My mother and I had a lot in common. We both had lots of different names and dates of birth. My mother’s father, William or Bill Goodman, was born an O’Neil (Irish) but his mother got divorced and married a Goodman, and legally changed his name to Goodman.
My mother was born Annabelle Goodman, but then she was primarily raised by her grandparents, her mother’s parents, William and Mary Mitchell, so my mother went through high school as Annabelle Goodman and Annabelle Mitchell both. Of course she would later become Annabelle Wright.
When I was young, Mother needed her birth certificate for some reason. When she went to the health department, she was advised she didn’t have one.
Later some lawyer or official manufactured her one. When they asked her what day she was born on, she said she was pretty sure it was the 28th. When I was born the doctor was called to come to the house on July 2, and was told my mother was going into labor. The doctor came and sat there all day drinking coffee. Finally, when I arrived way up into the night, Ole Doc sat down to fill out the birth certificate half asleep or high on caffeine, possibly both, forgot that it was now past midnight it was now July 3.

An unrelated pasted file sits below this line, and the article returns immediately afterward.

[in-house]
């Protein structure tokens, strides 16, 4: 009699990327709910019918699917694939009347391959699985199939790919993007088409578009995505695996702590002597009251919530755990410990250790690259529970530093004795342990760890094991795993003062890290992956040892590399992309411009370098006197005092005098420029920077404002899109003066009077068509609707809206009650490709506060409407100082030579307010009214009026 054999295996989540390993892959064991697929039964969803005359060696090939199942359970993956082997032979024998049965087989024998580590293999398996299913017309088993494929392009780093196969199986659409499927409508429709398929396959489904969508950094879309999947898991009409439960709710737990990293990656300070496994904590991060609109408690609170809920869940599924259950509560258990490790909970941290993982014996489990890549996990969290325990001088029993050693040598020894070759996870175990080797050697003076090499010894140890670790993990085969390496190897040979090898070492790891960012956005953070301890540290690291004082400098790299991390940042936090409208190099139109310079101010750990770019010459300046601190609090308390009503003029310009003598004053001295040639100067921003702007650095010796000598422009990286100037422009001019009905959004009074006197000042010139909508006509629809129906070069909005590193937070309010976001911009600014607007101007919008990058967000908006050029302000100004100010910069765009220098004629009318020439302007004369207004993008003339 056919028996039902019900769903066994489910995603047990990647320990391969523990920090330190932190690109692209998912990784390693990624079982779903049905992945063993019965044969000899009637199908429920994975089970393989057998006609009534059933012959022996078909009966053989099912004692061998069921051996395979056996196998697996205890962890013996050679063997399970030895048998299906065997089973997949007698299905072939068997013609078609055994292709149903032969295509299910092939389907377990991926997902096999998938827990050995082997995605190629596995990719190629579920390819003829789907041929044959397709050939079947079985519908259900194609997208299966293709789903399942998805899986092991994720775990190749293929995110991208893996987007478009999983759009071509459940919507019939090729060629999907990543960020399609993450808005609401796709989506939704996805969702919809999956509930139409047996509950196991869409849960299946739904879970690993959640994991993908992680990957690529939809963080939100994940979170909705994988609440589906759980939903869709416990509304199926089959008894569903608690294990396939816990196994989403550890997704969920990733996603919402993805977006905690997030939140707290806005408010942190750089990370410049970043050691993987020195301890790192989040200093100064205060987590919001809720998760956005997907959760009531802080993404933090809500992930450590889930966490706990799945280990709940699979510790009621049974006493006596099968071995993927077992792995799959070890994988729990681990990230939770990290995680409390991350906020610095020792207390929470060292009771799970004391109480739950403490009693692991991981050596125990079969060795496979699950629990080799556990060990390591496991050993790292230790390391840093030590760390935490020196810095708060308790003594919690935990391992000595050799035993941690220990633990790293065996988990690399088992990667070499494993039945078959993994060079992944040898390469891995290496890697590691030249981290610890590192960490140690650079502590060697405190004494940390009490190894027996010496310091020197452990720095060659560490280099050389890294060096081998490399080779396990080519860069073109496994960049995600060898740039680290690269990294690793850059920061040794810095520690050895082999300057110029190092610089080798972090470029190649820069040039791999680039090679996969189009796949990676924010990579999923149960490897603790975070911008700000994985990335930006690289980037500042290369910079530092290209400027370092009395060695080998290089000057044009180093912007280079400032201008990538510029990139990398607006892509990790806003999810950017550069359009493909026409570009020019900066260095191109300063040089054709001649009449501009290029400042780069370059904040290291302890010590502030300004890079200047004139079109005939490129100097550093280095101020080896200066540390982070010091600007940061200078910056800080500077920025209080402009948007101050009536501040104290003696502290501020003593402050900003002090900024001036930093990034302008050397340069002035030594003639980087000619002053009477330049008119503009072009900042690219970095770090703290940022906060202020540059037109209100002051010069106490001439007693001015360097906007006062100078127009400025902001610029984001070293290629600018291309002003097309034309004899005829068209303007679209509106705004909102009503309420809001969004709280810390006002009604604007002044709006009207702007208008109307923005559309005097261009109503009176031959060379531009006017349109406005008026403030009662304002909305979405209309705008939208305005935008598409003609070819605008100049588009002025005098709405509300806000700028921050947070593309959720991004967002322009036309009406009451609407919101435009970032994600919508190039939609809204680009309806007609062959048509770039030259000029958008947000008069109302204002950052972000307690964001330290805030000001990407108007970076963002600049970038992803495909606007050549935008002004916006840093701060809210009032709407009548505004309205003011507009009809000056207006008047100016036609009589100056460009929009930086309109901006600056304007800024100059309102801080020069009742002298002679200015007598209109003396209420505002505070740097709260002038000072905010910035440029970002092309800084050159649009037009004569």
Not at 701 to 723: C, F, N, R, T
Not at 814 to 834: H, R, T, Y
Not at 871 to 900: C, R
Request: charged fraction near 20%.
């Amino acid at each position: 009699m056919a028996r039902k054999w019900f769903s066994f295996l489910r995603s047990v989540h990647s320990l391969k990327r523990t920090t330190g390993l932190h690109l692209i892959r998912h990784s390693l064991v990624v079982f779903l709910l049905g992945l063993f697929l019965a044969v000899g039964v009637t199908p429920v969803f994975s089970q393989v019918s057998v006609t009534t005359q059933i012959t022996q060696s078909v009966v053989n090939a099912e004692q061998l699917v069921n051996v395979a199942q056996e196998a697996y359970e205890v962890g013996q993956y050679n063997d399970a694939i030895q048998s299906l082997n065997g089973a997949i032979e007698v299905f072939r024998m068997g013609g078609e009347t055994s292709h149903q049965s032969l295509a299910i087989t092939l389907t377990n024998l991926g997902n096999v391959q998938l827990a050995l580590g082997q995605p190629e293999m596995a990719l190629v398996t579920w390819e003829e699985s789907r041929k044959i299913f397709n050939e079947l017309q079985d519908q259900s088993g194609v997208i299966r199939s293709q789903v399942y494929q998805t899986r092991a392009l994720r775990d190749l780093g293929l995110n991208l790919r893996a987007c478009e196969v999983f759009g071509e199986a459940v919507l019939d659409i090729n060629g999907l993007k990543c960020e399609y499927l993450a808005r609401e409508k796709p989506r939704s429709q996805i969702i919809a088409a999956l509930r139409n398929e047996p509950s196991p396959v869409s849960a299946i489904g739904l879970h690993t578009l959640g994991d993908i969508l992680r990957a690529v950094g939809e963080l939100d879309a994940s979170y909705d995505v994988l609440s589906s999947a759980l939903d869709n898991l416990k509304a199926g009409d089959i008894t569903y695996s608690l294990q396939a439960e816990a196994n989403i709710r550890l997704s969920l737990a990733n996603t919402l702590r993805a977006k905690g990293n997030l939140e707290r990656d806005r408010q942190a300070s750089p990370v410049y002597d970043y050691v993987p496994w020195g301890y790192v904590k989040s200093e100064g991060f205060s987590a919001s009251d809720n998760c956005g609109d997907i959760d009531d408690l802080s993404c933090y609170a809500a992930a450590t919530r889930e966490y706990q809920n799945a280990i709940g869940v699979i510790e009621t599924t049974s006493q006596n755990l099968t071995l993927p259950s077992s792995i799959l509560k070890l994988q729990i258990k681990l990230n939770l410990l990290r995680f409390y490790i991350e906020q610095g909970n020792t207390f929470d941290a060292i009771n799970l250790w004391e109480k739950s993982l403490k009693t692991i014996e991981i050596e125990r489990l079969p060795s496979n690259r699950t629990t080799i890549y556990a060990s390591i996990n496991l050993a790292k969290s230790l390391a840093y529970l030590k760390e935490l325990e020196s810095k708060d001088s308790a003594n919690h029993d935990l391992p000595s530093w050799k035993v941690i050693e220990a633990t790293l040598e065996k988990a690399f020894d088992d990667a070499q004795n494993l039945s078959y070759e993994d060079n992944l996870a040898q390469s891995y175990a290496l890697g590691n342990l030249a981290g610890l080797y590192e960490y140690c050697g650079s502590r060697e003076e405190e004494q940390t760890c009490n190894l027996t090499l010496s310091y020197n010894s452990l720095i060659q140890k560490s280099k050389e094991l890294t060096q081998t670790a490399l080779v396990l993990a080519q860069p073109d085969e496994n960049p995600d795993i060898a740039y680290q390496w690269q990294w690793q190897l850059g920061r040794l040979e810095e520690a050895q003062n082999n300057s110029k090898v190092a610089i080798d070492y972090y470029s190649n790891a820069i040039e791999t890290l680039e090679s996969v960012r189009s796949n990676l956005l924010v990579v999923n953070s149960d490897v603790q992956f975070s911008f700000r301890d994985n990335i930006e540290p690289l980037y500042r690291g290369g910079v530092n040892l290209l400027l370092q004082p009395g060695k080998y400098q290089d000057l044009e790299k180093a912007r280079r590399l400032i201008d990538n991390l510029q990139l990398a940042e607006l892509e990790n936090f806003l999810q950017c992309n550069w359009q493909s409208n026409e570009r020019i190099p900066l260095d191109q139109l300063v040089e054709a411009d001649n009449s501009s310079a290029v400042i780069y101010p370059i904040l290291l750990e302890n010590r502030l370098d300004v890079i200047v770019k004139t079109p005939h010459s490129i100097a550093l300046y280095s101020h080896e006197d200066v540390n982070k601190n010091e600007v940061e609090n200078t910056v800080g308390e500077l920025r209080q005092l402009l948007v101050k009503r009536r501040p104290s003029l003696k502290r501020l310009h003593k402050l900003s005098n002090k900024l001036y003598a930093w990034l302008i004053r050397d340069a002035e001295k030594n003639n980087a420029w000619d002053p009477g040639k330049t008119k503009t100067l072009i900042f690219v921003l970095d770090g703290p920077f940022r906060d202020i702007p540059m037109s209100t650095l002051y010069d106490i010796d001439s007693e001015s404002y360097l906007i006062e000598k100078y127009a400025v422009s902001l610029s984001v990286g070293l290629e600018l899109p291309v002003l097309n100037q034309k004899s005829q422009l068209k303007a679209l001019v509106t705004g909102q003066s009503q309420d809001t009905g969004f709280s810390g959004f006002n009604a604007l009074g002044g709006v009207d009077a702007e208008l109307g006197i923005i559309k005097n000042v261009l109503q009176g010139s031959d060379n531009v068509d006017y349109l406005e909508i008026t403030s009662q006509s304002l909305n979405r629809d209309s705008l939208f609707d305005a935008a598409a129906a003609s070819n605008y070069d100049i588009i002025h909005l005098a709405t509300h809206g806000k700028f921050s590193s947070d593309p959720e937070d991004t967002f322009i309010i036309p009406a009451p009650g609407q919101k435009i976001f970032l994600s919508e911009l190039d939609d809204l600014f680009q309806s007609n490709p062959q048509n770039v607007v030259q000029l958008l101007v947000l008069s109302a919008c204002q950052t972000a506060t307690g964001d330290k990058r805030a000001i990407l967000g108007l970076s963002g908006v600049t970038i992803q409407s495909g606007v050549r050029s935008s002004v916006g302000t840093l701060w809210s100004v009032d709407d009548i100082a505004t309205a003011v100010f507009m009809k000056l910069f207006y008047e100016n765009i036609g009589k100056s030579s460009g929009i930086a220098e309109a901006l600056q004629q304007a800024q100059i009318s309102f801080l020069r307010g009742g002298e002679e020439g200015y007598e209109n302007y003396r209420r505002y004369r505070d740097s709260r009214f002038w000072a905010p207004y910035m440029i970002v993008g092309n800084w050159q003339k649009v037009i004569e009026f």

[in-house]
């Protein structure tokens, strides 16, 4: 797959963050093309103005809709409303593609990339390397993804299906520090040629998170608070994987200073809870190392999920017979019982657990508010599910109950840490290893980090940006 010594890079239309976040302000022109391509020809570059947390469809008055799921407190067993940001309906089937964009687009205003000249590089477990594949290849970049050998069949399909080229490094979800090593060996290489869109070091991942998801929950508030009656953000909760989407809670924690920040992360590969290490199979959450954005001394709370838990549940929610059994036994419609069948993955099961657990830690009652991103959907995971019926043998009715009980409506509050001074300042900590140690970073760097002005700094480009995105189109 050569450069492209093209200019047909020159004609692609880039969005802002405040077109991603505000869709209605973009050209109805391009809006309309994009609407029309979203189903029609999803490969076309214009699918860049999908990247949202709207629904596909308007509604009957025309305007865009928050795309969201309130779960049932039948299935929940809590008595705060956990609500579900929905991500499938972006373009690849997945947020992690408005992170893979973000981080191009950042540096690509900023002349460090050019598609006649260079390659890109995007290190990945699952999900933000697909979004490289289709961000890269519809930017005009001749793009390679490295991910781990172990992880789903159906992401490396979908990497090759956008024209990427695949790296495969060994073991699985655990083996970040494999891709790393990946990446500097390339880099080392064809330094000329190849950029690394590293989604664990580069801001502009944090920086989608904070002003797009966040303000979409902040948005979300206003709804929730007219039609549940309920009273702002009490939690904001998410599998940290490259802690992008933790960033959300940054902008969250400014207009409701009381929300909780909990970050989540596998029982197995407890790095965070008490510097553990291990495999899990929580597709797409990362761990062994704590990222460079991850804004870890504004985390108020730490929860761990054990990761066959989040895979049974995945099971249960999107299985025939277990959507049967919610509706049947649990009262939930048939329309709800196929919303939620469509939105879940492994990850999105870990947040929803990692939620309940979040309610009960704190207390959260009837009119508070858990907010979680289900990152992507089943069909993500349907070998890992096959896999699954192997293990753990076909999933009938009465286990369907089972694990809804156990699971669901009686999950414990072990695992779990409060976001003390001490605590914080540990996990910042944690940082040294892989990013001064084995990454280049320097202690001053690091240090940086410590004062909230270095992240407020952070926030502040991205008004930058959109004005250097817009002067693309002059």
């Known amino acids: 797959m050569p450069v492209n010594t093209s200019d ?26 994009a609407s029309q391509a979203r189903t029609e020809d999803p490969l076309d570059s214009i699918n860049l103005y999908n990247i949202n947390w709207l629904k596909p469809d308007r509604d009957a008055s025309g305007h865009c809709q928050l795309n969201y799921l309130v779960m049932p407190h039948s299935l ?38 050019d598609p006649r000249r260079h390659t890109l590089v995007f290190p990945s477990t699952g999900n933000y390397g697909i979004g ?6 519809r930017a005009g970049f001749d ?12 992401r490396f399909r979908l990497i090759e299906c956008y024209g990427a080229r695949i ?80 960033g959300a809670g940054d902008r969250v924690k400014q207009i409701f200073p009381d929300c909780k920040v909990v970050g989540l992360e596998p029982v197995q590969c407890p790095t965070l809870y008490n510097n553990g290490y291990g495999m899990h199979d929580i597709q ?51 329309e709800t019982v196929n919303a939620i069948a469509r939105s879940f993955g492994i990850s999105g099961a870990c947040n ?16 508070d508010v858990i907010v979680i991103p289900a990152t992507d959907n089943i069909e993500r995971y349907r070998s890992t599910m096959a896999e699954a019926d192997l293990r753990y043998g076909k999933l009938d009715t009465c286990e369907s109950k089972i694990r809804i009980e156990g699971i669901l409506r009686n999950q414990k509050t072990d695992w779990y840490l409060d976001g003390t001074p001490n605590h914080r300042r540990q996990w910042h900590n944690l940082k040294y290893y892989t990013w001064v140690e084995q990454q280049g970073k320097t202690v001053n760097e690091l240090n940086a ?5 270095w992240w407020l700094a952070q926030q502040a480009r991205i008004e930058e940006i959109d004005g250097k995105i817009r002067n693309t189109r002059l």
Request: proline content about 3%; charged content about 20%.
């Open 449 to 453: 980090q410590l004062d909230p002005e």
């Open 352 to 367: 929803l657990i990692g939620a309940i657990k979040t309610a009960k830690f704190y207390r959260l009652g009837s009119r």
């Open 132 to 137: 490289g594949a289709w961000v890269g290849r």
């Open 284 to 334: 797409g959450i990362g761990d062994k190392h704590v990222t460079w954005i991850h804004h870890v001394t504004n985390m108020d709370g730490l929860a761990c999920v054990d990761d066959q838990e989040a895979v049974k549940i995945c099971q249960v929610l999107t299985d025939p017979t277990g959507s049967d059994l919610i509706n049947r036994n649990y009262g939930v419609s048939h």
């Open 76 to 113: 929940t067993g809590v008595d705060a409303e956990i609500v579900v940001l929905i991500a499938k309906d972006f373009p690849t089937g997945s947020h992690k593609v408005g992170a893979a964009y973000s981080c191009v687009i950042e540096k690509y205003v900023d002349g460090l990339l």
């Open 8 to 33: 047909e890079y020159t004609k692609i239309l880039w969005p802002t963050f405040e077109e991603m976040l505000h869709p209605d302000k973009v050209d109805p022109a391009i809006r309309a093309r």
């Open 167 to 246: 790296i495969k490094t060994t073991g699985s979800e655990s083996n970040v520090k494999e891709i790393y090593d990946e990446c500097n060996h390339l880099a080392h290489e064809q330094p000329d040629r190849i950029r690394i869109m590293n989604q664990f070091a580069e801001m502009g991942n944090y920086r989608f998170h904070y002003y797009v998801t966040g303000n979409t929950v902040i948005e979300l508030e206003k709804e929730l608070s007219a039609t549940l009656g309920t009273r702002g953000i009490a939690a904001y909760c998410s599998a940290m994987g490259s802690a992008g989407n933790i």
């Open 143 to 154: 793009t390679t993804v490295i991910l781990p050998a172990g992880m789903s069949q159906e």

My father, a veteran at the end of World War II, told that all soldiers like to brag on their buddies, but the slang expression for your number one guy, your very best friend, who was designated “Buddy Roe” which he nicknamed me. Over time Buddy fell off, but Roe stuck. So saddled with two names and two birthdays like my mother had an identity crisis.